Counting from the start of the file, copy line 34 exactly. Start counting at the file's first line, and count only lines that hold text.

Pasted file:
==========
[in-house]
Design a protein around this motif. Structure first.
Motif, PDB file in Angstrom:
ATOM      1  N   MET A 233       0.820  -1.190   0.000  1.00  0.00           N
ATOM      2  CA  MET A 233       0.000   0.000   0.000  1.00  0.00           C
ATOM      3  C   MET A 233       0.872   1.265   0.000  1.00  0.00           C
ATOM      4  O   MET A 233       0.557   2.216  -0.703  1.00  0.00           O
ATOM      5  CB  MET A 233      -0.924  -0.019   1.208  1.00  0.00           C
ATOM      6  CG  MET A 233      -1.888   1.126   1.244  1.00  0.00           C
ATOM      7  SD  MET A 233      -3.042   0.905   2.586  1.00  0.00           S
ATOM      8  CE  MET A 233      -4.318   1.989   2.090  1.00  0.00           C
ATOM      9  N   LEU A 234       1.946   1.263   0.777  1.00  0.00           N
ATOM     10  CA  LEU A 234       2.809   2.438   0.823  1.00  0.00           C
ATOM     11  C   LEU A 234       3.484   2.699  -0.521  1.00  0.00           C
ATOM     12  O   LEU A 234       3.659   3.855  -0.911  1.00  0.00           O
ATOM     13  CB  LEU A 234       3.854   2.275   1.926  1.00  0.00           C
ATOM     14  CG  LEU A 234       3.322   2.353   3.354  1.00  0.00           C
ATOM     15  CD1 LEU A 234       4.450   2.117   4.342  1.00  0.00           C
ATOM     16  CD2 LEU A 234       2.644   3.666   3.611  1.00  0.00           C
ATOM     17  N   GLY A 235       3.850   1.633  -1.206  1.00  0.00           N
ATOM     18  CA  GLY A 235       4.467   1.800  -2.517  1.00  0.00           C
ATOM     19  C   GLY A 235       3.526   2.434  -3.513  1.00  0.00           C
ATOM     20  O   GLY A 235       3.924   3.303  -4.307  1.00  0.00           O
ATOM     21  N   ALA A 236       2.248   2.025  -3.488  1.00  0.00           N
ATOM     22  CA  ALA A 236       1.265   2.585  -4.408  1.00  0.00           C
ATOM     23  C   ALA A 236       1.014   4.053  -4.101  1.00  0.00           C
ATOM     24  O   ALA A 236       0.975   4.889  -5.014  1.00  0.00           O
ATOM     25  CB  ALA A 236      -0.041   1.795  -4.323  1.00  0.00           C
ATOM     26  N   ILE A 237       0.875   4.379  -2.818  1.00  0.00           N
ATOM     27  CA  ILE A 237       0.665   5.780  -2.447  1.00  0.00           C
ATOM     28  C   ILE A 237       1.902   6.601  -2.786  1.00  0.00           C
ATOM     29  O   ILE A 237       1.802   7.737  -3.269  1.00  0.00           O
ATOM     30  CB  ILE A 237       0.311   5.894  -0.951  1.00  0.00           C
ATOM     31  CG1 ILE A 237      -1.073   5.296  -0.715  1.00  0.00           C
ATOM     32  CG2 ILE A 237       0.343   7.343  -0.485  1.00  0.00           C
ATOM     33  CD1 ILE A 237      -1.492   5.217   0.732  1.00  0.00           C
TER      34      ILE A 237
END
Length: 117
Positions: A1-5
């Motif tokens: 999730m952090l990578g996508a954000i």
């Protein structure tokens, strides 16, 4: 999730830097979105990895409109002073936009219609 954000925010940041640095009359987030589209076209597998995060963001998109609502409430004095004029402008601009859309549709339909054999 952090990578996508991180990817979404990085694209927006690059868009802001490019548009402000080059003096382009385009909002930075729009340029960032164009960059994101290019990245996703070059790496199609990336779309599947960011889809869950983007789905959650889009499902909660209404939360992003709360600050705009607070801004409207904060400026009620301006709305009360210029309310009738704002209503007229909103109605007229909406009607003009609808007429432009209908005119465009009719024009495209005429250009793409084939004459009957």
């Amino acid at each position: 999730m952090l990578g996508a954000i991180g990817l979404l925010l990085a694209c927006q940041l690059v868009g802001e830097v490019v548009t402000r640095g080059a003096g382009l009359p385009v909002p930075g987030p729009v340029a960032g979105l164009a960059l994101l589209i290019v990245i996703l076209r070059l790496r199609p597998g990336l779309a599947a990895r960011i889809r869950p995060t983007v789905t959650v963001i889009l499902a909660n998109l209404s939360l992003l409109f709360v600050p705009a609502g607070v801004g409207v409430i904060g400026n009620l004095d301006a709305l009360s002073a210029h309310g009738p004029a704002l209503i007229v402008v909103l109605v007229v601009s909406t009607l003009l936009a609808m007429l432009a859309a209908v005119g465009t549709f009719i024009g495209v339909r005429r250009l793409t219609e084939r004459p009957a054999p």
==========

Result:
ATOM     31  CG1 ILE A 237      -1.073   5.296  -0.715  1.00  0.00           C